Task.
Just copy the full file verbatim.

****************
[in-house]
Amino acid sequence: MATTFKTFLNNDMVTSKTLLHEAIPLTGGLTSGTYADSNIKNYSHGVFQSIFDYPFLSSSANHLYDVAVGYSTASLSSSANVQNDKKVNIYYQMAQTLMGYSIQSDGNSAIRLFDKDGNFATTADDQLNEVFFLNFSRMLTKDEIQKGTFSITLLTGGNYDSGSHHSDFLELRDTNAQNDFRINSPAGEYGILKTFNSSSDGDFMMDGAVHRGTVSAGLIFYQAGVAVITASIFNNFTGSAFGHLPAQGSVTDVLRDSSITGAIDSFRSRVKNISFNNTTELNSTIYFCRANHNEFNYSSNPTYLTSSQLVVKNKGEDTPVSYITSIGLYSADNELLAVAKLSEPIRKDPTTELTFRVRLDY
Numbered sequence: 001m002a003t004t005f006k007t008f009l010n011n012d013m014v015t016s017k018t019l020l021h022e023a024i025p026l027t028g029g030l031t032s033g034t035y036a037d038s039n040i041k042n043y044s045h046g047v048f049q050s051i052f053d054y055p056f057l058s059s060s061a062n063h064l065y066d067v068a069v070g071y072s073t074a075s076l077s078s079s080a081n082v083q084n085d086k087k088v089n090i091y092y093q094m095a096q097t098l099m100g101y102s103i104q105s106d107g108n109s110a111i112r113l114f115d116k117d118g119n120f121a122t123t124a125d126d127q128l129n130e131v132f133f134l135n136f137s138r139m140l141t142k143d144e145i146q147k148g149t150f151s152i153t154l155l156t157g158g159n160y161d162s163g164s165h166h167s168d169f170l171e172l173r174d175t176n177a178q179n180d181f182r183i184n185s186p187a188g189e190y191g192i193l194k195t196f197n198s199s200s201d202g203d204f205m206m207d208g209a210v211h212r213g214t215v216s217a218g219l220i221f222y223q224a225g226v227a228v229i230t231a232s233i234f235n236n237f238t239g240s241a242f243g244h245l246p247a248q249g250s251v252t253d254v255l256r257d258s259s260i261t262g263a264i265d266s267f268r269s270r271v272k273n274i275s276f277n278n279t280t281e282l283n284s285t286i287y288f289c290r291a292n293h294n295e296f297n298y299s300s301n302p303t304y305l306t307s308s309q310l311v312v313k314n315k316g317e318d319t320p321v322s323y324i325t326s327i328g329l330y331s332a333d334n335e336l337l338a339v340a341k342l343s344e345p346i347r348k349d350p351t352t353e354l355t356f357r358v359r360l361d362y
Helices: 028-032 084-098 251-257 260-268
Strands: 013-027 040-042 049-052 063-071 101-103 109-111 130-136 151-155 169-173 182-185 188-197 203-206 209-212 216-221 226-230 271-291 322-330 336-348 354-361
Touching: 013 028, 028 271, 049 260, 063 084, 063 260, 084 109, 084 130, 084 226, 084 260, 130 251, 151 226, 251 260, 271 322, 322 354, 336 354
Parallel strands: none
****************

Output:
[in-house]
Amino acid sequence: MATTFKTFLNNDMVTSKTLLHEAIPLTGGLTSGTYADSNIKNYSHGVFQSIFDYPFLSSSANHLYDVAVGYSTASLSSSANVQNDKKVNIYYQMAQTLMGYSIQSDGNSAIRLFDKDGNFATTADDQLNEVFFLNFSRMLTKDEIQKGTFSITLLTGGNYDSGSHHSDFLELRDTNAQNDFRINSPAGEYGILKTFNSSSDGDFMMDGAVHRGTVSAGLIFYQAGVAVITASIFNNFTGSAFGHLPAQGSVTDVLRDSSITGAIDSFRSRVKNISFNNTTELNSTIYFCRANHNEFNYSSNPTYLTSSQLVVKNKGEDTPVSYITSIGLYSADNELLAVAKLSEPIRKDPTTELTFRVRLDY
Numbered sequence: 001m002a003t004t005f006k007t008f009l010n011n012d013m014v015t016s017k018t019l020l021h022e023a024i025p026l027t028g029g030l031t032s033g034t035y036a037d038s039n040i041k042n043y044s045h046g047v048f049q050s051i052f053d054y055p056f057l058s059s060s061a062n063h064l065y066d067v068a069v070g071y072s073t074a075s076l077s078s079s080a081n082v083q084n085d086k087k088v089n090i091y092y093q094m095a096q097t098l099m100g101y102s103i104q105s106d107g108n109s110a111i112r113l114f115d116k117d118g119n120f121a122t123t124a125d126d127q128l129n130e131v132f133f134l135n136f137s138r139m140l141t142k143d144e145i146q147k148g149t150f151s152i153t154l155l156t157g158g159n160y161d162s163g164s165h166h167s168d169f170l171e172l173r174d175t176n177a178q179n180d181f182r183i184n185s186p187a188g189e190y191g192i193l194k195t196f197n198s199s200s201d202g203d204f205m206m207d208g209a210v211h212r213g214t215v216s217a218g219l220i221f222y223q224a225g226v227a228v229i230t231a232s233i234f235n236n237f238t239g240s241a242f243g244h245l246p247a248q249g250s251v252t253d254v255l256r257d258s259s260i261t262g263a264i265d266s267f268r269s270r271v272k273n274i275s276f277n278n279t280t281e282l283n284s285t286i287y288f289c290r291a292n293h294n295e296f297n298y299s300s301n302p303t304y305l306t307s308s309q310l311v312v313k314n315k316g317e318d319t320p321v322s323y324i325t326s327i328g329l330y331s332a333d334n335e336l337l338a339v340a341k342l343s344e345p346i347r348k349d350p351t352t353e354l355t356f357r358v359r360l361d362y
Helices: 028-032 084-098 251-257 260-268
Strands: 013-027 040-042 049-052 063-071 101-103 109-111 130-136 151-155 169-173 182-185 188-197 203-206 209-212 216-221 226-230 271-291 322-330 336-348 354-361
Touching: 013 028, 028 271, 049 260, 063 084, 063 260, 084 109, 084 130, 084 226, 084 260, 130 251, 151 226, 251 260, 271 322, 322 354, 336 354
Parallel strands: none